UN states seek more teeth and sting in the corruption fight

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By Samisoni Pareti

Ensuring general elections are transparent, free and fair and that the independence of the judiciary are upheld are among key features of the 18-pages political declaration that the United Nations General Assembly (UNGA) Special Session Against Corruption have passed by affirmation.

Called ‘Our common commitment to effectively addressing challenges and implementing measures to prevent and combat corruption and strengthen international cooperation,’ the declaration is the result of more than two years of work by representatives of member states of the world body.

Starting on Wednesday this week, the three-day special session of the UN General Assembly is the first of its kind to be convened solely on corruption.

“We will maintain, strengthen, develop and implement measures that protect the integrity of the electoral process and promote its accountability to voters, transparency and impartiality in domestic electoral institutions and oversight mechanisms, and transparency in the funding of candidatures for elected public office, political parties and electoral campaigns, where applicable, with a view to preventing corruption, ensuring accountability, promoting good governance and reinforcing trust in public institutions,” states paragraph 12 of the Political Declaration.

Paragraph 27 focuses on the independence of the judiciary, and member states of the UN ought to “ensure equal access to justice for all and maintain and, when necessary, strengthen integrity, impartiality, inclusivity, due process, fair trial rights, transparency and equality before the law in our national criminal justice systems.”

This new UN document on eliminating corruption shares some of the aspirations of Pacific Island Leaders under the Teieniwa Vision which they adopted in Tarawa, Kiribati in February 2020. Like the Teieniwa Vision, the UN Political Declaration Against Corruption is big on ensuring national anti-corruption bodies are well resourced, and that a huge programme of education and public awareness is key.

Unlike the Teieniwa Vision of the Pacific, the UN Political Declaration does not use the term whistleblowers, but what it may lack in labeling, it made up in specifying the many layers of support and protection UN member states ought to provide “to those who expose, report and fight corruption and, as appropriate, for their relatives and other persons close to them, and will support and protect against any unjustified treatment any person who identifies, detects or reports, in good faith and on reasonable grounds, corruption and related offences.”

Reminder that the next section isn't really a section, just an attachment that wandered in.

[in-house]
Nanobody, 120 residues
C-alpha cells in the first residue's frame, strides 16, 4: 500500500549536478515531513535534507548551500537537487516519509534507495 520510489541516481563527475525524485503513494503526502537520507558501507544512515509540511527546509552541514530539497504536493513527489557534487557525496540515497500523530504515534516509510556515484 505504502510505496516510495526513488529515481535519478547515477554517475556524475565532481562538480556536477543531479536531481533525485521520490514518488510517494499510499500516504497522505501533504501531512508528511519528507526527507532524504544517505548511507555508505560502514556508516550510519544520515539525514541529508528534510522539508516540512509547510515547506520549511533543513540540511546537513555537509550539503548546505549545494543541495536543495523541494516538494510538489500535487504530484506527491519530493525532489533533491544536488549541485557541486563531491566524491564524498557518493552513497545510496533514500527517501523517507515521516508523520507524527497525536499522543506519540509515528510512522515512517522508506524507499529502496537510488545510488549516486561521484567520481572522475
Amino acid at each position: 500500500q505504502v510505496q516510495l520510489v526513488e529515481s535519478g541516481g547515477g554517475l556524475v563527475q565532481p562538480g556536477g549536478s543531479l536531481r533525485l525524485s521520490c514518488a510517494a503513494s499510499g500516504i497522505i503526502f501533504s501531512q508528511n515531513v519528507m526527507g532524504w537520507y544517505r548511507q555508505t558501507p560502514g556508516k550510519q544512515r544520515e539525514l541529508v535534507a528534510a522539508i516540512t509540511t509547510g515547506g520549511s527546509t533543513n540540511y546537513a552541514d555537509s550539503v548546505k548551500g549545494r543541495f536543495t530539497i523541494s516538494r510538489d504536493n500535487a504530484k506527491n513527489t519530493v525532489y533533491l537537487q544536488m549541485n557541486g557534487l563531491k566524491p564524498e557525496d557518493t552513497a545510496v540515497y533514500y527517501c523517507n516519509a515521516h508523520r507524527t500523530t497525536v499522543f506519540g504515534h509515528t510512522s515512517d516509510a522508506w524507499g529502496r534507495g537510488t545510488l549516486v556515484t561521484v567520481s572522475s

Adds paragraph 31: “We will strive to provide a safe and adequate environment to journalists, and we will investigate, prosecute and punish threats and acts of violence, falling within our jurisdiction, committed against them.”

Money Laundering got a lot of mention in the new Political Declaration Against Corruption of the UNGASS where suggestions included promoting beneficial ownership disclosures and transparency in the form of creating appropriate registries.

“We will take measures to prevent the financial system from being abused to hide, move and launder assets stemming from corruption, including when vast quantities of assets are involved. Those crimes undermine the integrity of the financial system, and we commit to promoting the implementation of the Convention and our respective applicable international obligations.

“We will reinforce and enhance inter-agency cooperation at all levels to prevent individuals and companies, other legal entities, and systems used to transfer money, as well as non-regulated or unregistered financial or commercial or non-commercial entities at serious risk of being abused for corruption and money-laundering, from committing or being used to facilitate acts of corruption, and will encourage and support companies and financial institutions in this regard, including to make better use of resources already expended.”

The Declaration calls on member states to be tough on fugitives who seek refuge in their jurisdictions, as well as against public officials who are guilty of “abuse of functions and illicit enrichment.”

Sports should also be safeguarded from corruption, and UN member states must ensure that corruption safeguards remain intact in their COVID-19 pandemic responses.

“We will ensure that appropriate measures are in place to prevent and combat corruption when responding to or recovering from national crises and emergencies, while striving not to negatively impact the speed and quality of responses in such situations.

“In this regard, we recognise the role of supreme audit institutions and other oversight bodies and their functions in upholding policies and procedures for the management of public finances and public procurement, and the importance of partnerships between the public and private sectors and other relevant stakeholders, in accordance with domestic law.”

The Political Declaration also welcomes the creation of a new tool in combating cross-border corruption offences, called the Global Operational Network of Anti-Corruption Law Enforcement Authorities, which will be housed under the United Nations Office on Drugs and Crime (UNODC).

SOURCE: PACJN/PACNEWS